Why on-again, off-again Singapore Summit is on again?

The on-again, off-again U.S.-North Korea Singapore Summit is at last back on track.

Why did President Trump abruptly cancel the summit? And why it was back on just as abruptly as its cancellation?

The head-spinning twists in such a high-stakes diplomatic drama had confused much of the world.

In his May 24 “breakup letter” to North Korean leader Kim Jong-un, President Trump wrote, “Sadly, based on the tremendous anger and open hostility displayed in your most recent statement, I feel it is inappropriate, at this time, to have this long-planned meeting.”

The media pundits and Korea watchers jumped on the President’s statement immediately and prophesied that an aborted U.S.-North Korea summit would dramatically increase the risk of military conflict on the Korean Peninsula.

“By cancelling the summit with Kim Jong-un, Trump has put peace on the Korean Peninsula at risk again,” wrote Fabian Hamilton, UK’s Shadow Minister for Peace and Disarmament, “with this collapse in relations will come further sanctions and a larger possibility of conflict, as the regime ploughs more money into its nuclear program. Furthermore, if there was any possibility of a trusting relationship between the U.S. and North Korea, the nature of this latest episode in Trump’s diplomacy will certainly have ruled that out.”

Was “the tremendous anger and open hostility” from Pyongyang, or even North Korean Vice Foreign Minister Choe Son-hui’s calling U.S. Vice President Mike Pence a “political dummy,” the reasons for the cancellation of the planned summit?

President Trump’s decision to cancel the summit was perhaps not aimed at Pyongyang, but rather, at another somewhat invisible player in this high-stakes game: China.

Two days before the U.S. President sent his “breakup letter” to the North Korean leader, Trump, speaking to reporters during a joint press conference in the Oval Office with South Korean President Moon Jae-in, made it clear that Kim Jong-un’s second meeting with his Chinese counterpart had “influenced” the North Korean leader’s attitude to talks with the U.S., “There was a difference after Kim Jong-un left China the second time. I think that President Xi is a world-class poker player. And I would probably, may be doing the same thing that he would do… I am not blaming anybody, maybe nothing happened and maybe it did. But there was a different attitude by the North Korean folks after that meeting.”

“President Donald Trump,” noted Cristina Maza of Newsweek, “called Chinese leader Xi Jinping a master poker player, suggesting that he changed North Korea’s mind about the meeting and China may be playing North Korea and the United States off each other.”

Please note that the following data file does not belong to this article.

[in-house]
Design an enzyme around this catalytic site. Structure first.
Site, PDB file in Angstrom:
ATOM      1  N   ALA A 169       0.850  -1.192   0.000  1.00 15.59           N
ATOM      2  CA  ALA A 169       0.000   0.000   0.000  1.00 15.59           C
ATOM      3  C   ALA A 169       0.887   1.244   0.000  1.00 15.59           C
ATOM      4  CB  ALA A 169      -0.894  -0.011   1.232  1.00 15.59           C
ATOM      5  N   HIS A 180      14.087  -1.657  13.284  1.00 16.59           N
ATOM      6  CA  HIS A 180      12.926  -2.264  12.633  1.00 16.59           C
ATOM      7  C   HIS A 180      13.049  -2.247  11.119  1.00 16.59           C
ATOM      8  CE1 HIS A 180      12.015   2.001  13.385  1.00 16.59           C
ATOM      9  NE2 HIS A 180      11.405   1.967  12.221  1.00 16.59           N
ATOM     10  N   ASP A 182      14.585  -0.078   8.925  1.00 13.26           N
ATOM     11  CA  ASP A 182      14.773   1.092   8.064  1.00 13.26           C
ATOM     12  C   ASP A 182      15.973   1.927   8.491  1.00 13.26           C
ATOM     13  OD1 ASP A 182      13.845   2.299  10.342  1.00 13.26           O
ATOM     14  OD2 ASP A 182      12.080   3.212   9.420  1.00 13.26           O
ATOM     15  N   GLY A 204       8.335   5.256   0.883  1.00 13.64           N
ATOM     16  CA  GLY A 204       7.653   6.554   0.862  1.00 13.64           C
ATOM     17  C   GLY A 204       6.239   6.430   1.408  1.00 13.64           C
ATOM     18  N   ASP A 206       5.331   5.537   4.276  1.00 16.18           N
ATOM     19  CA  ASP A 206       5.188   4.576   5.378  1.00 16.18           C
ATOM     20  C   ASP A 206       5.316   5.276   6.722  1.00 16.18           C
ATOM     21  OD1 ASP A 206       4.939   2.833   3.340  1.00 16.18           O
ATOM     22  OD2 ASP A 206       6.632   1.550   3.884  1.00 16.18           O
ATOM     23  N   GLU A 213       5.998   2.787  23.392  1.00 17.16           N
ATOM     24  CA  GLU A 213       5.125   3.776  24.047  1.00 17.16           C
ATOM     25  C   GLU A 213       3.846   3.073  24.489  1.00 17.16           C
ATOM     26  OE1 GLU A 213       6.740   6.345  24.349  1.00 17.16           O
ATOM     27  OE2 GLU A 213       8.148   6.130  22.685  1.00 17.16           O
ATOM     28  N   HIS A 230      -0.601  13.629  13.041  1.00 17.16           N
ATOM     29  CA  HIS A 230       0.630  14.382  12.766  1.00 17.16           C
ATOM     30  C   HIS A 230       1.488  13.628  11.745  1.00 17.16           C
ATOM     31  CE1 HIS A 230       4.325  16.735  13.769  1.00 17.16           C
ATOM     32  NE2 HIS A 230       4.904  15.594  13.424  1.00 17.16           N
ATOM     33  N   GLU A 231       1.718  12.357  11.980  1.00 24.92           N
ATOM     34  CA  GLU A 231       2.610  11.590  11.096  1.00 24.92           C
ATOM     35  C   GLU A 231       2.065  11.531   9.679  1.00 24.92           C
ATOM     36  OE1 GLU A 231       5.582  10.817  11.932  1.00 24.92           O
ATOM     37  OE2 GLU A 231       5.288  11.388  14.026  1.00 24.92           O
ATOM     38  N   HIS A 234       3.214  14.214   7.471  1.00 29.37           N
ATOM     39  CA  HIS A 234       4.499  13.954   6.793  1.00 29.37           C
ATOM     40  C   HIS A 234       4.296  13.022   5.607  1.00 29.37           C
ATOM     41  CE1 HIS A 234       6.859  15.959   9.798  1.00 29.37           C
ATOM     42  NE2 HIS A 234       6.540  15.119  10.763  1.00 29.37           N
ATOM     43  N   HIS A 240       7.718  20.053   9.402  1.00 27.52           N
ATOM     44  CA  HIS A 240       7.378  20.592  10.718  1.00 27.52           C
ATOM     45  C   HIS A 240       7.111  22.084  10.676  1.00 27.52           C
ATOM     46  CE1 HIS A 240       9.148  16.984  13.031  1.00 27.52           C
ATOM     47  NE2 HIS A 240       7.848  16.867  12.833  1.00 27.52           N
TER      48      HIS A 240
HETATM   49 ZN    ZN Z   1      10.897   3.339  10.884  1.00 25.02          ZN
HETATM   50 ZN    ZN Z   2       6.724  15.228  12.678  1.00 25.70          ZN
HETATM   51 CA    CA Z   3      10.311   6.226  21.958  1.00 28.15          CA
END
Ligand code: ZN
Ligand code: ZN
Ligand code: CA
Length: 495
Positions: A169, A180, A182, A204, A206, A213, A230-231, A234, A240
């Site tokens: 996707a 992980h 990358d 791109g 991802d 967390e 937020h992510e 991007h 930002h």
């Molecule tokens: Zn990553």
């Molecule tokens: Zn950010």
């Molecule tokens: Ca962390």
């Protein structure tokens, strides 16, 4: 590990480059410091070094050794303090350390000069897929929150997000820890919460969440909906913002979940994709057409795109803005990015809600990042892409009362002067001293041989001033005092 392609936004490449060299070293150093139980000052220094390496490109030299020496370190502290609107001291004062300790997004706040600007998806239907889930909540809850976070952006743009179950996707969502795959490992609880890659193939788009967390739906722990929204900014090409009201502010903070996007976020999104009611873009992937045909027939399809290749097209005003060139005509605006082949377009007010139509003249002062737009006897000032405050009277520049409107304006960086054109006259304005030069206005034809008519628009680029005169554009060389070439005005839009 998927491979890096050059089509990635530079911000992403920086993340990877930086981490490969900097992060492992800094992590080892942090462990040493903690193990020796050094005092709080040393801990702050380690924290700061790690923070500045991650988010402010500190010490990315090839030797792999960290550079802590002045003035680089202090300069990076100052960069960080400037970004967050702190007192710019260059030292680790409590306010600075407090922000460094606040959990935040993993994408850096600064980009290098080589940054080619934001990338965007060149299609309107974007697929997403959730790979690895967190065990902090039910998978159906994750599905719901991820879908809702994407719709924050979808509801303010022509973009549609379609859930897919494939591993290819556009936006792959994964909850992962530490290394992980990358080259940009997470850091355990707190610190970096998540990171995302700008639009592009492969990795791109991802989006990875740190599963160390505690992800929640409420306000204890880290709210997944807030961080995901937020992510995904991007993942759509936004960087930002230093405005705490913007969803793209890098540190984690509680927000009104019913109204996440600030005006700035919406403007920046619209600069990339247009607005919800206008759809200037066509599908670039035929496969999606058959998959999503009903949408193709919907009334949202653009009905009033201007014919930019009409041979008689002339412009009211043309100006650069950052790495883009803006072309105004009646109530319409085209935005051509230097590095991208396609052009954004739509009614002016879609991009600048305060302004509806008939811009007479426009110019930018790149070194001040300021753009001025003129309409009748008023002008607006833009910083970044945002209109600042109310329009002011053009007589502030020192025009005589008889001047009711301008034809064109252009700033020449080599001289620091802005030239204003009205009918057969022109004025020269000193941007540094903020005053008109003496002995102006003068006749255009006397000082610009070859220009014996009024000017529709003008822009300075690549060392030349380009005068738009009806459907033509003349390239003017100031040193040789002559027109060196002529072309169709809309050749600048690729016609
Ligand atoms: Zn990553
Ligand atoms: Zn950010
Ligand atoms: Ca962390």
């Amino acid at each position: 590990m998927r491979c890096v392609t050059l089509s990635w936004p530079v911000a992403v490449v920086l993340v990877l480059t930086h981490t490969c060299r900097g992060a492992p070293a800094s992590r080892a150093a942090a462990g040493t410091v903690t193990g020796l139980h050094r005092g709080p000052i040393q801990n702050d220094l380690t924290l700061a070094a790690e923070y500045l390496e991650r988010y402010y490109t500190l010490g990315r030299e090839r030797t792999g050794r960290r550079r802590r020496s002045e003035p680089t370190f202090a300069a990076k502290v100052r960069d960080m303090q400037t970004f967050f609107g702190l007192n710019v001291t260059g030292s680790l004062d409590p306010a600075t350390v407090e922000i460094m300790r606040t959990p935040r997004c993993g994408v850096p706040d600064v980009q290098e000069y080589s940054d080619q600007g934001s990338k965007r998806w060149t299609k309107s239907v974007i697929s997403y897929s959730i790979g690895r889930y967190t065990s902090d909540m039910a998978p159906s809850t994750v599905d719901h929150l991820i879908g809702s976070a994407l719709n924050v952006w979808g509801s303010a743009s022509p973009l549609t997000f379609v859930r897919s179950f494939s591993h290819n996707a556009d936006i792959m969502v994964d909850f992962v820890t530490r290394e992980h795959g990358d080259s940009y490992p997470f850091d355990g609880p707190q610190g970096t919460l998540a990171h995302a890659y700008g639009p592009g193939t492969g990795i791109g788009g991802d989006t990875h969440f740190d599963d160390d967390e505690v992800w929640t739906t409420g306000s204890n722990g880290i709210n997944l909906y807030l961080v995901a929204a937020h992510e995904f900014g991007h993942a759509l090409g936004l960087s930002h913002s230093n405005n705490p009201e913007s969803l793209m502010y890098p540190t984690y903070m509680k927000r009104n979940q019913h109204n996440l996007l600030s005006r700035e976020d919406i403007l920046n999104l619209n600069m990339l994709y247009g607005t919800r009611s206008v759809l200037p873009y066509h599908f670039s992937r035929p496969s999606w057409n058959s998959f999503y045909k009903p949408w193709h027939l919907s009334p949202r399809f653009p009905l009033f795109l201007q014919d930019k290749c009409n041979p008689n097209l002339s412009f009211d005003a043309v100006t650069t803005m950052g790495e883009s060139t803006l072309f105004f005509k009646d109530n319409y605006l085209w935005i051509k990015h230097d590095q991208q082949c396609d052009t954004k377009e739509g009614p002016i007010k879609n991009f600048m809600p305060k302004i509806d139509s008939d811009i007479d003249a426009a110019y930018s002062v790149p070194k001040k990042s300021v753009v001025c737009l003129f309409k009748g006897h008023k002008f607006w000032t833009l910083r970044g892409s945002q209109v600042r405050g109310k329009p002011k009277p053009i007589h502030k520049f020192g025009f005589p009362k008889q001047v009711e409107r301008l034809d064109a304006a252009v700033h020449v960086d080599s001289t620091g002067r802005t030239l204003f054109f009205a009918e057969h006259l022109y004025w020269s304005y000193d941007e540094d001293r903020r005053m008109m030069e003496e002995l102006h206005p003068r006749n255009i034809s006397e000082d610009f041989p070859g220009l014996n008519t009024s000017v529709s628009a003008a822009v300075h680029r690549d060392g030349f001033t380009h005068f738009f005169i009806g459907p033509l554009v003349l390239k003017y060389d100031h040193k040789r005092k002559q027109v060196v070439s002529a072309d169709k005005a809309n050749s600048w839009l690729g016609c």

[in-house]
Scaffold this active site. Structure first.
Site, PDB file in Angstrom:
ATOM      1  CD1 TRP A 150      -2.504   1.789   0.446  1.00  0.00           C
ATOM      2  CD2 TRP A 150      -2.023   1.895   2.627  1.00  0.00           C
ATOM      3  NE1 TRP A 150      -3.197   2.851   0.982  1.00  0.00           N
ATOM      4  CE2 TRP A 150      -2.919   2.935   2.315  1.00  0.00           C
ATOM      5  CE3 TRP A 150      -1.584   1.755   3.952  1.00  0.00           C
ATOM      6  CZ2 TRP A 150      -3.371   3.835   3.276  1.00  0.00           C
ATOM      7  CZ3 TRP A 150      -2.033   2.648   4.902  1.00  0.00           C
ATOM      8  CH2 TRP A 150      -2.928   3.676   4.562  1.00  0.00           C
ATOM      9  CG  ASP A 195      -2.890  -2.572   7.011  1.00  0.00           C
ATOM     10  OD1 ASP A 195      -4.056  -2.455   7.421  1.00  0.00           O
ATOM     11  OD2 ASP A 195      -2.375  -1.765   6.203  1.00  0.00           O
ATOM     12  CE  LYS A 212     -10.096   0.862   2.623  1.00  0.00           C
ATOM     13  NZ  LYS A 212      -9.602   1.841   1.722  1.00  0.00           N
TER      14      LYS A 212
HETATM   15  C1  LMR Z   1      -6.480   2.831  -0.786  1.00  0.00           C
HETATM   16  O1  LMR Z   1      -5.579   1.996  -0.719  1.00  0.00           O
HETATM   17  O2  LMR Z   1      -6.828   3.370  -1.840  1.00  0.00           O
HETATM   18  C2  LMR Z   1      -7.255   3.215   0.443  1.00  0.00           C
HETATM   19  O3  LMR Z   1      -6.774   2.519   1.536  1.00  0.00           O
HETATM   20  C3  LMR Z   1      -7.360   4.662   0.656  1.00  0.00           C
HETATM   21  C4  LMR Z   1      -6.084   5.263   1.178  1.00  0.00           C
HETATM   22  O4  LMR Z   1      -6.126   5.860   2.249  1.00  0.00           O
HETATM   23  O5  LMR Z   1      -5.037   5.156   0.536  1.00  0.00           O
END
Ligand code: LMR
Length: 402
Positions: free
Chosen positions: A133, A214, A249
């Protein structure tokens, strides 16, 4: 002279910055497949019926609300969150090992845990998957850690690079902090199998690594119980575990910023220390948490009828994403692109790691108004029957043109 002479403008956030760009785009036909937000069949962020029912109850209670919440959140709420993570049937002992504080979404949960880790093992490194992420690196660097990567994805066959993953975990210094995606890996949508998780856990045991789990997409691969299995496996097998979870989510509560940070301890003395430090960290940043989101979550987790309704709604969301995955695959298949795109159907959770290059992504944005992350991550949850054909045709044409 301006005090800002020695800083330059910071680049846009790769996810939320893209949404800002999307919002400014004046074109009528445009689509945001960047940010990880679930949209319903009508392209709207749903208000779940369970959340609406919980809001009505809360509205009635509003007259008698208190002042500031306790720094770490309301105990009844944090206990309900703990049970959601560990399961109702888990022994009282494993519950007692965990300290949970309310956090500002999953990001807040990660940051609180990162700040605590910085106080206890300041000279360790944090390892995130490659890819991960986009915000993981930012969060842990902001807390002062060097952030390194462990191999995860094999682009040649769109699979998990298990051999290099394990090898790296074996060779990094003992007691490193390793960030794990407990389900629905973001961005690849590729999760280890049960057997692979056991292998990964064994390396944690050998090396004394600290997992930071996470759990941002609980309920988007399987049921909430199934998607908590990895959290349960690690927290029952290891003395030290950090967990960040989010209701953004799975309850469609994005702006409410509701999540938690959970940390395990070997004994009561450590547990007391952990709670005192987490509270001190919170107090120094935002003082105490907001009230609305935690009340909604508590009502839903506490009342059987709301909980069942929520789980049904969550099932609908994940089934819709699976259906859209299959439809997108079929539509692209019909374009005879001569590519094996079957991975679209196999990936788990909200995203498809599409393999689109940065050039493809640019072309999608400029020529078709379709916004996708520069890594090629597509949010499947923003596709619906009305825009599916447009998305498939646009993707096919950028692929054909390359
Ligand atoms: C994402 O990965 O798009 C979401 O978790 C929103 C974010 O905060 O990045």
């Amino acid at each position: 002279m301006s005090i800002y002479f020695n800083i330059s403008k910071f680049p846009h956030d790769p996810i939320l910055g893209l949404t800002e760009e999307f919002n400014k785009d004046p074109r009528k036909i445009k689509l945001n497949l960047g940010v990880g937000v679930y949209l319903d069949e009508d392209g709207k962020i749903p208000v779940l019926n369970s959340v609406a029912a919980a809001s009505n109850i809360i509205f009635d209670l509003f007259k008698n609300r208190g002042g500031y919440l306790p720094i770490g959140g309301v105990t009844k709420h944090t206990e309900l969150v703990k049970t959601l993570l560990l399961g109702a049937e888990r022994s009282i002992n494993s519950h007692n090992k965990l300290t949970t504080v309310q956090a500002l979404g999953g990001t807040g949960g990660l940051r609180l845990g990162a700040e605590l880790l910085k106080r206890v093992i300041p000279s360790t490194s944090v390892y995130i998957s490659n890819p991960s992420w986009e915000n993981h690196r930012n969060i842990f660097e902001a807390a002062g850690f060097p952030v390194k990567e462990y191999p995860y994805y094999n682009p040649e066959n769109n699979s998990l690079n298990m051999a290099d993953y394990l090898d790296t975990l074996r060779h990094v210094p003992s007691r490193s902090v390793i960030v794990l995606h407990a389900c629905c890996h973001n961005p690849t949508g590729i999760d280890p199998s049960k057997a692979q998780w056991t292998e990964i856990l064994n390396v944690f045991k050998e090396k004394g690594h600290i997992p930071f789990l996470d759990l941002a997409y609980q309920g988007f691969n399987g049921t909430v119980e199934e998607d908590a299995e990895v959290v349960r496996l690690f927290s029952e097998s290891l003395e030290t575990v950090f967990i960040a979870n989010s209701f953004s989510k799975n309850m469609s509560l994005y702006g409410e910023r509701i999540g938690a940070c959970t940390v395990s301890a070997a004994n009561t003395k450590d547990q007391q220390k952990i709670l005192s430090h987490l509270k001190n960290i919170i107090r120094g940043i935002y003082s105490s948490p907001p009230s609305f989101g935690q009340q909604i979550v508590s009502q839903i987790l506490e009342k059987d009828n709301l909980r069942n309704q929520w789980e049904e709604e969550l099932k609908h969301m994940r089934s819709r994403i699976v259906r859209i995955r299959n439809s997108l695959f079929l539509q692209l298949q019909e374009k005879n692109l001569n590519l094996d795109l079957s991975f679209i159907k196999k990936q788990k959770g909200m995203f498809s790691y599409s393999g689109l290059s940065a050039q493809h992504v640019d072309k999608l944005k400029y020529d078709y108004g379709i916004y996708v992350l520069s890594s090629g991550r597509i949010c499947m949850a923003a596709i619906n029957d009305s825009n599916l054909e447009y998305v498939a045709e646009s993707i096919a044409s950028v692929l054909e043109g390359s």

“President Xi is a world-class poker player,” wrote Katsuji Nakazawa, senior staff writer of Nikkei Asian Review, “U.S. President Donald Trump spoke these words on May 22 as he described the Chinese leader’s meddling with the U.S.-North Korea summit. It was a prelude to Trump canceling the summit two days later… Preparations for a U.S.-North Korea summit were moving too fast for China’s liking. China feared that Trump and Kim would become so close that China would not have a say in the future of the Korean Peninsula. China saw a fast-moving train and decided it needed to pull the brake lever.”

On the morning of May 24, as Trump was announcing his decision of canceling the June 12 summit with Kim Jong-un, the President added, “The dialogue was good until recently, I think I understand why that happened,” and he trusted that North Korea “wants to do what’s right” and “we’ll see whether or not that opportunity is seized by North Korea.”

The opportunity was seized by North Korea. Immediately after Trump canceled his planned summit with Kim Jong-un, Pyongyang issued an unusually restrained statement, declaring that the North was still “willing to sit down for talks with the United States, at any time, in any format.”

Then the leaders of the two Koreas took matters into their own hands. Kim Jong-un and South Korean President Moon Jae-in quickly arranged a second summit meeting on May 26 to salvage the Trump-Kim summit. In their talks, Kim “expressed his fixed will on the historic North Korea-U.S. summit talks” and the two Korean leaders agreed to “positively cooperate with each other as ever to improve North Korea-U.S. relations and establish a mechanism for permanent and durable peace.”

The eyes of the world are once again on the historic June 12 summit. This time around, however, only the two leaders would be sitting across the table, holding a one-on-one summit meeting, without uninvited guests.

Xiaoxiong Yi is director of Marietta College’s China Program.

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